What Starship really does is more or less take mass out of the equation for a space vehicle. Space stuff usually ends up as cutting edge(ish) technology for everything because the mass/efficiency/performance of those exquisite things is the only way to close the trade. For instance, you need way too many of those solar cells you put on your house to run a current-day satellite, so instead you end up paying 10x (or more) for cells that are maybe 50% more efficient--which translates into way lighter solar arrays.

    Note that there's still a radiation environment in space that's impossible to avoid, so you're never going to get a straight up, 100% consumer electronics grade satellite that's worth a damn, but mass freedom allows you to add more shielding or add more redundant strings while really minimizing rad-hard equipment.

    The good news is: these concepts are already pretty well established in the space community.

    The easiest step is Assembly In Space. This can significantly simplify platform design and especially launch packaging. For instance, that complex deployable that has to be reliably designed and rigorously tested on the ground to make sure it works perfectly, that's configured just so on the vehicle so it doesn’t rattle against the fairing during launch...all that becomes a non-issue if you can nuke the complexity. For launch it can be bolted in some random convenient location and then once on orbit the super duper robot moves it and all the other stuff into final position. Think of where a spare tire is located on a car—its has nothing to do with where it gets used; when it’s needed some dope simply moves it to the right place.

    Of course, AIS isn't new (few concepts in space are, even when it comes to SpaceX's advancements). Canada Arm has been doing this for decades, at least manually...the trick for industry is to step function the cost down while maintaining reliability and repeatability, and then adding in automation. AIS can also be used to create bigger things than can otherwise be designed through traditional deployable concepts and on practical budgets--Mega deployables like huge tiled reflectors become much more feasible, for instance. On-orbit servicing is another variant of this concept, where a service vehicle can refuel, swap out broken or obsolete components, etc. DARPA's RSGS and NASA's Restore-L are good examples, if not ones dogged by all the SOS we complain about in threads here about SLS, ULA, and other state run projects.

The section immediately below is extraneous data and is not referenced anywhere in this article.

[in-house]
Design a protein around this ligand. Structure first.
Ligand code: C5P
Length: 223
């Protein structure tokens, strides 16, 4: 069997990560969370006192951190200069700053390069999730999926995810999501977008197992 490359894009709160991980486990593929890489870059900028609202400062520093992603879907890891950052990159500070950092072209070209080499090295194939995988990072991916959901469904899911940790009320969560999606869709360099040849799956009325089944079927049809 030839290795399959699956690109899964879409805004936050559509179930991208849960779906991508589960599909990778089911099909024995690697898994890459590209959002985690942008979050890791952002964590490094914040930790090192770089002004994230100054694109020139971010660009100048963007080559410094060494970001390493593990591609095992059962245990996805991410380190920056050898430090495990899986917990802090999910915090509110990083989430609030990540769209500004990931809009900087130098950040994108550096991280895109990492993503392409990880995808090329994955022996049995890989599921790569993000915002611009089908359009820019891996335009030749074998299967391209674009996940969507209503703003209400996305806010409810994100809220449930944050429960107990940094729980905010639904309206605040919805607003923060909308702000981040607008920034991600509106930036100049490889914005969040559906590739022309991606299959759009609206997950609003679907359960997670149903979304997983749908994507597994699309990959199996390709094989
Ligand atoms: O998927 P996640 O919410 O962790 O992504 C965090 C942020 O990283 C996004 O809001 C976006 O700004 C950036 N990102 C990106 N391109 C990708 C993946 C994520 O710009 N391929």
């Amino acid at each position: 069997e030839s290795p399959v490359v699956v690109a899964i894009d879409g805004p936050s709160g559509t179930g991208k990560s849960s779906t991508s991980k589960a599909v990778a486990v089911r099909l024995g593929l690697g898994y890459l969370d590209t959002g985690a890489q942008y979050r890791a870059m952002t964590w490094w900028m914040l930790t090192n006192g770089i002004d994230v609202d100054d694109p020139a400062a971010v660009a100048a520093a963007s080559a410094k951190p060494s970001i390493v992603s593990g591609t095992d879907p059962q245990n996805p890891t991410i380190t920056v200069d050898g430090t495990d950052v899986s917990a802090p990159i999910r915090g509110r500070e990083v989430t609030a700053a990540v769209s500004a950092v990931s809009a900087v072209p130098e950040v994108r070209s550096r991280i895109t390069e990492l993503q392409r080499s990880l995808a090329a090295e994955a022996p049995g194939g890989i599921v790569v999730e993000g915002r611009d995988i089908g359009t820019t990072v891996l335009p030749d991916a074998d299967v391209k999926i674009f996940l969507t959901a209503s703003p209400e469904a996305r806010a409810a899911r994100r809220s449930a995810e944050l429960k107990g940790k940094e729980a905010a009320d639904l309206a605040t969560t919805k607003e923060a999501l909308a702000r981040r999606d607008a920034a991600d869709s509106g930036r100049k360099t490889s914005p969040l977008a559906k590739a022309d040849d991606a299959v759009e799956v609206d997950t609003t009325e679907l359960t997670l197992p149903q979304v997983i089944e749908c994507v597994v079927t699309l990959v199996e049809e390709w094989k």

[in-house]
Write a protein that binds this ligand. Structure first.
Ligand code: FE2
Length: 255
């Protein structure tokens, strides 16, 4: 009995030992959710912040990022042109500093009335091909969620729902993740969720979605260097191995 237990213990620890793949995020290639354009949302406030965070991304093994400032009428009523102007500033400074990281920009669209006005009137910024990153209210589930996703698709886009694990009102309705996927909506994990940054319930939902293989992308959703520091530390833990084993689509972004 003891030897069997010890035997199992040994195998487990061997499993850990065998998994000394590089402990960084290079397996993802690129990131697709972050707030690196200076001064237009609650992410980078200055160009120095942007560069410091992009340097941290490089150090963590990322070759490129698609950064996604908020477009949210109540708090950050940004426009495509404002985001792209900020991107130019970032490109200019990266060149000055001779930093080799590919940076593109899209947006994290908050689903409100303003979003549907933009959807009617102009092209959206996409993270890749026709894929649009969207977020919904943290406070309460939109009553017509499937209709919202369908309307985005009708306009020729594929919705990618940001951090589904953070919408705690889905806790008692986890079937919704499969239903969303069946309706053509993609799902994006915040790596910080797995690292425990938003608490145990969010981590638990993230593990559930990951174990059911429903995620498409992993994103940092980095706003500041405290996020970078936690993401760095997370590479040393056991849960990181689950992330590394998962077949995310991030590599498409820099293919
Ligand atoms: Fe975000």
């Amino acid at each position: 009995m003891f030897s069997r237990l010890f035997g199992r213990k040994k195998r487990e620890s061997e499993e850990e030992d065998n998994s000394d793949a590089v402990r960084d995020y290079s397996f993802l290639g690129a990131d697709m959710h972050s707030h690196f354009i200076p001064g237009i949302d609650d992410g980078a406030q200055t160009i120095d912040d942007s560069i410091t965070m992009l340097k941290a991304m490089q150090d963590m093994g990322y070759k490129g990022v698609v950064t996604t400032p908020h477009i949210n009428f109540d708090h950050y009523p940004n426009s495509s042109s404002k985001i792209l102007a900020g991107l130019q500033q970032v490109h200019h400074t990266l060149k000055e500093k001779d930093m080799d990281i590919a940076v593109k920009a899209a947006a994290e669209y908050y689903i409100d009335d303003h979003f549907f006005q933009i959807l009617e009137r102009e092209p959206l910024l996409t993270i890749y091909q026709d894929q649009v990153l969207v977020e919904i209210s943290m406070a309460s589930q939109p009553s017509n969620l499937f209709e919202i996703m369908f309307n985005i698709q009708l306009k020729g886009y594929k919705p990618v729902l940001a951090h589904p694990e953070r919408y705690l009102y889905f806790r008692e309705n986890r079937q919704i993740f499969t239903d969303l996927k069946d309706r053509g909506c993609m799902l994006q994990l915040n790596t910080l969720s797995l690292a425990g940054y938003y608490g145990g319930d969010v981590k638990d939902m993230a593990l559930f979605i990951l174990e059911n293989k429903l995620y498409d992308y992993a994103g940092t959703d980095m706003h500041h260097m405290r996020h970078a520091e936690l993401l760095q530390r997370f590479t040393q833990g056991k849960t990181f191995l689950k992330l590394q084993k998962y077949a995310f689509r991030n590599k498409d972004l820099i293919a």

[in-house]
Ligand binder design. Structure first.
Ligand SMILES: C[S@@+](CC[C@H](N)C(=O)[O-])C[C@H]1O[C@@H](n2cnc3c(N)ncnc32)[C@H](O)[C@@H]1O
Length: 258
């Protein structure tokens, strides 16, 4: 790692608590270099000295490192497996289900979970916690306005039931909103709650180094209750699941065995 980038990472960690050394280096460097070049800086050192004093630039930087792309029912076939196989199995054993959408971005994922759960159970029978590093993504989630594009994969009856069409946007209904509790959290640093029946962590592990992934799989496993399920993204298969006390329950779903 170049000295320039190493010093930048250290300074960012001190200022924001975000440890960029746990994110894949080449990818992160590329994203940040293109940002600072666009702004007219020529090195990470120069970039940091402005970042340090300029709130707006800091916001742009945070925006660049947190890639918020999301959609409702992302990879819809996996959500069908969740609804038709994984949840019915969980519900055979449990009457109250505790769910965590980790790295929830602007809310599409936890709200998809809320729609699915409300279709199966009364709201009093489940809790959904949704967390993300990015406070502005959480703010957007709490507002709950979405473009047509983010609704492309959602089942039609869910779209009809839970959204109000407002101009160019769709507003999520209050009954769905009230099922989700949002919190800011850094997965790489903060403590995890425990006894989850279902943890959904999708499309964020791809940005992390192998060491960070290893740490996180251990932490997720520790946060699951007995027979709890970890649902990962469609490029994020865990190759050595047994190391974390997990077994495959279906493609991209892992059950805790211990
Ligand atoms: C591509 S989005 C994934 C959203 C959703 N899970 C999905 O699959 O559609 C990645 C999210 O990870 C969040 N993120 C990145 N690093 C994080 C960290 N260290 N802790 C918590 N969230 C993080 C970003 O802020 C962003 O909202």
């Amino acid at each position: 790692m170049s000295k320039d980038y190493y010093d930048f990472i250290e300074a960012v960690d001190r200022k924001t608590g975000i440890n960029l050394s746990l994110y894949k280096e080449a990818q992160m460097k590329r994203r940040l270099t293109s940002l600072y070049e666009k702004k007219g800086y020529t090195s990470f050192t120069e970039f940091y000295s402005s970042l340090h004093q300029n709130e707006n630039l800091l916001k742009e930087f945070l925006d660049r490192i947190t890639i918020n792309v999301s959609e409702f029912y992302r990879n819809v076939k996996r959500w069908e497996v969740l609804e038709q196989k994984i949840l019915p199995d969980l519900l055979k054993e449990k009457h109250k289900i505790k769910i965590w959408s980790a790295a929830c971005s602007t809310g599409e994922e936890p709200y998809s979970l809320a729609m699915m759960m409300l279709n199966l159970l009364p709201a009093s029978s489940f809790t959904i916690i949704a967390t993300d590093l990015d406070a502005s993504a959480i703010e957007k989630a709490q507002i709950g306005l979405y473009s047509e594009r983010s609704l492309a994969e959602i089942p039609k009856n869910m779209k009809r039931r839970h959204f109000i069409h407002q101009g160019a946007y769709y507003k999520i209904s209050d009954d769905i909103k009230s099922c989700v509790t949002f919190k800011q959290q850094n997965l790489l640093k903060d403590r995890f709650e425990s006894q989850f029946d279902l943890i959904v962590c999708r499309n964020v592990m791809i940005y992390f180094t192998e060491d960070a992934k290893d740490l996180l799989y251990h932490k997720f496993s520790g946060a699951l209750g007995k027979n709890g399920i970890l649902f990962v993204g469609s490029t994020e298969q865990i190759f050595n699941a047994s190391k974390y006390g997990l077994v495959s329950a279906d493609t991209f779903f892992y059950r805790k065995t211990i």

The next step is Manufacturing In Space, where raw materials are used to create all the gizmos and gadgets you might need for a space vehicle, typically through additive manufacturing. One of the major influences on all aspect of space vehicle design is surviving the launch environment. Once on orbit though, even for vehicles with relatively high force actuations (like big thrusters), they’re basically way overbuilt for the stresses and such, so its a bit of a waste. Intuitively MIS makes a lot of sense from a mechanical/structure perspective, but it is just as applicable for things like electronics/circuit cards. Imagine a fully automated circuit card assembly plant on orbit...

    A final step--maybe more a side step that can leverage the stuff from above—are Persistent Platforms, where basically you launch and maintain/upgrade the boring parts of a space vehicle (mostly bus stuff) and then add interesting stuff (mostly payload stuff) as time moves on. ISS and especially Gateway are plays on this concept, but this works for pretty much anything. A telecom company could bolt a couple different payloads onto one big mega-bus and save the overhead from each of those payloads being coupled to their own busses...then as the payloads burn out or obsolete, they can just be swapped out with new ones.